FHFA issued a final rule for Fannie Mae and Freddie Mac (the Enterprises) that establishes benchmark levels for their multifamily housing goals for 2023-2024. The newly issued levels use a new percentage-based methodology outlined in the agency’s proposed rule, published in August. Rather than measuring the multifamily goals by the total number of affordable units in each project financed by the Enterprises, the new rule considers the percentage of each Enterprise’s annual multifamily loan purchases that are affordable to each income category.
FHFA set the percentages at 61 percent for low-income, 12 percent for very low-income, and 2.5 percent for small multifamily low-income properties. These are properties consisting of 5-50 units. FHFA said these goals help ensure that the Enterprises responsibly promote equitable access to affordable rental housing across the county.
“The new methodology will make the multifamily housing goals more responsive to market conditions and better position the Enterprises to fulfill their affordable housing mission requirements each year,” said FHFA Director Sandra Thompson.
Mortgage borrowers report increased interest rate awareness

This week, FHFA and the CFPB jointly published loan-level data for public use through the National Survey of Mortgage Originations (NSMO) that showed strong borrower interest rate awareness. This update includes nationally sampled data from 2013 to 2020 on mortgage performance and credit information of borrowers. The survey information collected by FHFA and the CFPB gathers data based on borrowers’ experiences, mortgage market perceptions, and expectations to reveal housing and mortgage trends.
Key findings reveal the pandemic’s impacts on borrowers, who reported the importance of digital processes and interruptions in mortgage closings. For example, in 2020, 69 percent of borrowers rated themselves as “very familiar” with available interest rates, an increase of 14 percent from 2019. The share of borrowers who said they were satisfied they received the lowest qualifying rate also increased from 67 percent to 75 percent between 2019 and 2020.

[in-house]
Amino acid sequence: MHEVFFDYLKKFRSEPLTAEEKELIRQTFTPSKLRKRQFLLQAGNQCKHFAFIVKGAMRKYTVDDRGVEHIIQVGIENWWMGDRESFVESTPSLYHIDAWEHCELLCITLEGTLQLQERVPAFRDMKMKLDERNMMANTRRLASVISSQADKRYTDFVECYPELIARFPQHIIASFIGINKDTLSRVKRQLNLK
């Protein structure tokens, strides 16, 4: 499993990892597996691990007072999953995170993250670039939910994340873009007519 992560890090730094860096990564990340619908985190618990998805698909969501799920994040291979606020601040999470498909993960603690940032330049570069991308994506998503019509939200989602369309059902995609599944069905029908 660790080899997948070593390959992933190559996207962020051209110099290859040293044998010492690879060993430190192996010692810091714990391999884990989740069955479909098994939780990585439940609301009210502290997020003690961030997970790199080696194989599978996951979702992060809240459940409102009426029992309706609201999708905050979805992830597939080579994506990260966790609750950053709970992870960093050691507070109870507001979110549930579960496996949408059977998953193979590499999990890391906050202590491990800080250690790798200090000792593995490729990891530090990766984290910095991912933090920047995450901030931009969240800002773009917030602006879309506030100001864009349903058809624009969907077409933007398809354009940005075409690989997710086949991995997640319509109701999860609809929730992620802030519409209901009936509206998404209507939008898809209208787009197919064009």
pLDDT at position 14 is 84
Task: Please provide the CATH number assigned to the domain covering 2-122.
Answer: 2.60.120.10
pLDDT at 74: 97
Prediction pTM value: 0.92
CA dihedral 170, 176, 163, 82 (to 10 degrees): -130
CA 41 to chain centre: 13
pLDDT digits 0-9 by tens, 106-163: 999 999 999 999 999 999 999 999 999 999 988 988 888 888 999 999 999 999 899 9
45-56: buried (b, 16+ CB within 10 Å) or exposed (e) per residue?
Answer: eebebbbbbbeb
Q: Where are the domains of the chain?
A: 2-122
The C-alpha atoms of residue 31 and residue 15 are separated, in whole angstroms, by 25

Additionally, those who refinanced in 2020 had higher household incomes and owned more stocks, bonds, and mutual funds than those who refinanced in 2019.
“This data should be helpful to analysts and policymakers in understanding the complete experience of mortgage borrowers and identifying what challenges may still exist in mortgage lending,” said Saty Patrabansh, FHFA Associate Director for the Office of Data and Statistics.
Hochul, Newsom ask Pelosi, Schumer to support affordable housing policy changes

On Monday, Governors Kathy Hochul (NY-D) and Gavin Newsom (CA-D) sent a letter to U.S. House Speaker Nancy Pelosi (CA-D) and U.S. Sen. Majority Leader Chuck Schumer (NY-D) encouraging them to support policies to increase affordable housing production. Newsom and Hochul asked Pelosi and Schumer to expand state housing board programs and to lower the “50 percent test” to 25 percent to increase the number of state-issued, bond-financed affordable housing projects. The governors also asked the federal government to restore the Low-Income Housing Tax Credit (Housing Credit) that expired at the end of 2021 to 12.5 percent.

"Our housing affordability challenges are surmountable, but only with meaningful intergovernmental collaboration and long-term, sustainable investments," the letter reads. "California and New York have developed robust housing plans informed by data, the scaling of innovative programming, and collaboration with our partners at the federal and local levels of government."
Mortgage performance improves 1.6 percent YoY